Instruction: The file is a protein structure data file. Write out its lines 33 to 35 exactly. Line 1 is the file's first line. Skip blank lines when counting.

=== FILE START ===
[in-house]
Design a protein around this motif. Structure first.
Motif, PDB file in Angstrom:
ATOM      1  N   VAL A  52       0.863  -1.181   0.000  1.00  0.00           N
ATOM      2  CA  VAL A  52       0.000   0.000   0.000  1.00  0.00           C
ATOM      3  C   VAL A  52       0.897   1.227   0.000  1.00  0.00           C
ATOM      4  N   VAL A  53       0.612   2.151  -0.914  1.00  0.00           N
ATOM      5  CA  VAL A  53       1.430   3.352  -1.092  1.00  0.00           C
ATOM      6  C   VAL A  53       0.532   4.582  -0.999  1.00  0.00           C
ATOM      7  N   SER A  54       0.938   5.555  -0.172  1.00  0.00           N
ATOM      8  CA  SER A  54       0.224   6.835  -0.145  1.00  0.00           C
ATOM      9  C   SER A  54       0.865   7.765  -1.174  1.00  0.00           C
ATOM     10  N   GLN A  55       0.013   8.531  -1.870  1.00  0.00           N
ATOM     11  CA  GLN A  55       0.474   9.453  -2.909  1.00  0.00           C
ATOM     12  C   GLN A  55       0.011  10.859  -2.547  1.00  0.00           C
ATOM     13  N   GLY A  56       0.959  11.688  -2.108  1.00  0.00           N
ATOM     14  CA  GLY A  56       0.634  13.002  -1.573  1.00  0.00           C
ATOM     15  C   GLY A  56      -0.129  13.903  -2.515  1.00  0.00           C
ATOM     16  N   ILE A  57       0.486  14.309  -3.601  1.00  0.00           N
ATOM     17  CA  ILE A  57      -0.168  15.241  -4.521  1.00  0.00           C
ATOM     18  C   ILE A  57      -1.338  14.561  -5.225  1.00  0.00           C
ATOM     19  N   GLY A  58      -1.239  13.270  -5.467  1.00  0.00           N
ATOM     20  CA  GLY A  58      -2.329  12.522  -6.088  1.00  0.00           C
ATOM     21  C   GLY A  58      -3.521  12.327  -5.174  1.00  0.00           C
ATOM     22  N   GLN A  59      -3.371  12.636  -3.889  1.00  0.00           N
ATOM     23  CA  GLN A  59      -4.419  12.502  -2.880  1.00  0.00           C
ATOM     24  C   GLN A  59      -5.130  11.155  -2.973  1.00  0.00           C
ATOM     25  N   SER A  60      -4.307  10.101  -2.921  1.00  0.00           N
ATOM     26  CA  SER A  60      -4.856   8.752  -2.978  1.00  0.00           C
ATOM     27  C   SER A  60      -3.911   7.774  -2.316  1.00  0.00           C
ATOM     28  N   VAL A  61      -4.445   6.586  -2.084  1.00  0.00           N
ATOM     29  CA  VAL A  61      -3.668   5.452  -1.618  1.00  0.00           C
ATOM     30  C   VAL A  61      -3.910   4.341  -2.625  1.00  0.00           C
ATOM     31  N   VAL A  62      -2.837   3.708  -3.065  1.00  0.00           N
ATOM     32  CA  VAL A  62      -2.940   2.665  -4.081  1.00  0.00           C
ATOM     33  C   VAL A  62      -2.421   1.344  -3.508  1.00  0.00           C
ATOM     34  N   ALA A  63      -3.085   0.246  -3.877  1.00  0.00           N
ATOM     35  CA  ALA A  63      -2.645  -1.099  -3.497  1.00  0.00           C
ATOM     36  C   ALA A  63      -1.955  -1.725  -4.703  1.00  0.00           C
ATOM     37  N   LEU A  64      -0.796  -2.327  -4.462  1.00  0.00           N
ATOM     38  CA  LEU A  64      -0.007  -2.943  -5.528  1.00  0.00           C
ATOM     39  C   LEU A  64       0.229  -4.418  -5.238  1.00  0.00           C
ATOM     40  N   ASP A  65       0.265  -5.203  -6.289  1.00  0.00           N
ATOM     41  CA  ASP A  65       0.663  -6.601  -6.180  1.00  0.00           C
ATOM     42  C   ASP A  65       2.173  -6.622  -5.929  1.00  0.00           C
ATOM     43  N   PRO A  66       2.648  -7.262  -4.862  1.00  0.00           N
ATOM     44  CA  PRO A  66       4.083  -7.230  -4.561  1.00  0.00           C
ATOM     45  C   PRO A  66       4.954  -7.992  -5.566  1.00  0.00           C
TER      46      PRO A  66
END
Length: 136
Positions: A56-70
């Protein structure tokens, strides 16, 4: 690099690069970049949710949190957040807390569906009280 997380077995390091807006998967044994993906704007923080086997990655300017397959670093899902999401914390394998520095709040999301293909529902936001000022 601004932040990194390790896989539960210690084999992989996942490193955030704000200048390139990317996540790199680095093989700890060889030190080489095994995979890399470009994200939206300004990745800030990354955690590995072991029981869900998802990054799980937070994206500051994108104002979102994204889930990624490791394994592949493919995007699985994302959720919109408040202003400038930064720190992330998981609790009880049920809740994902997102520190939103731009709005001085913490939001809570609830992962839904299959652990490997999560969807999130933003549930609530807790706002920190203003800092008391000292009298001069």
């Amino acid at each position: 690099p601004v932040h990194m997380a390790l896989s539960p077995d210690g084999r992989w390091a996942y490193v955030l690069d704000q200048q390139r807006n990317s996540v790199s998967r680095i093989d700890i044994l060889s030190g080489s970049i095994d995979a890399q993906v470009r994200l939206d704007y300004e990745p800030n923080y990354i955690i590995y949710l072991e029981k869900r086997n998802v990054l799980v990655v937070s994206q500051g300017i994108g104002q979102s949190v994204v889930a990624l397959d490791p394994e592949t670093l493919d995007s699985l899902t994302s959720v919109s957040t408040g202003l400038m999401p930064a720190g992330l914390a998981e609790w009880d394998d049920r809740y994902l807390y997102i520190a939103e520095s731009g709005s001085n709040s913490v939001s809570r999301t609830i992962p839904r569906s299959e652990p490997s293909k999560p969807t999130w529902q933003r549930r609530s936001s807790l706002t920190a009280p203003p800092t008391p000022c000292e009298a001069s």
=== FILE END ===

ATOM     30  C   VAL A  61      -3.910   4.341  -2.625  1.00  0.00           C
ATOM     31  N   VAL A  62      -2.837   3.708  -3.065  1.00  0.00           N
ATOM     32  CA  VAL A  62      -2.940   2.665  -4.081  1.00  0.00           C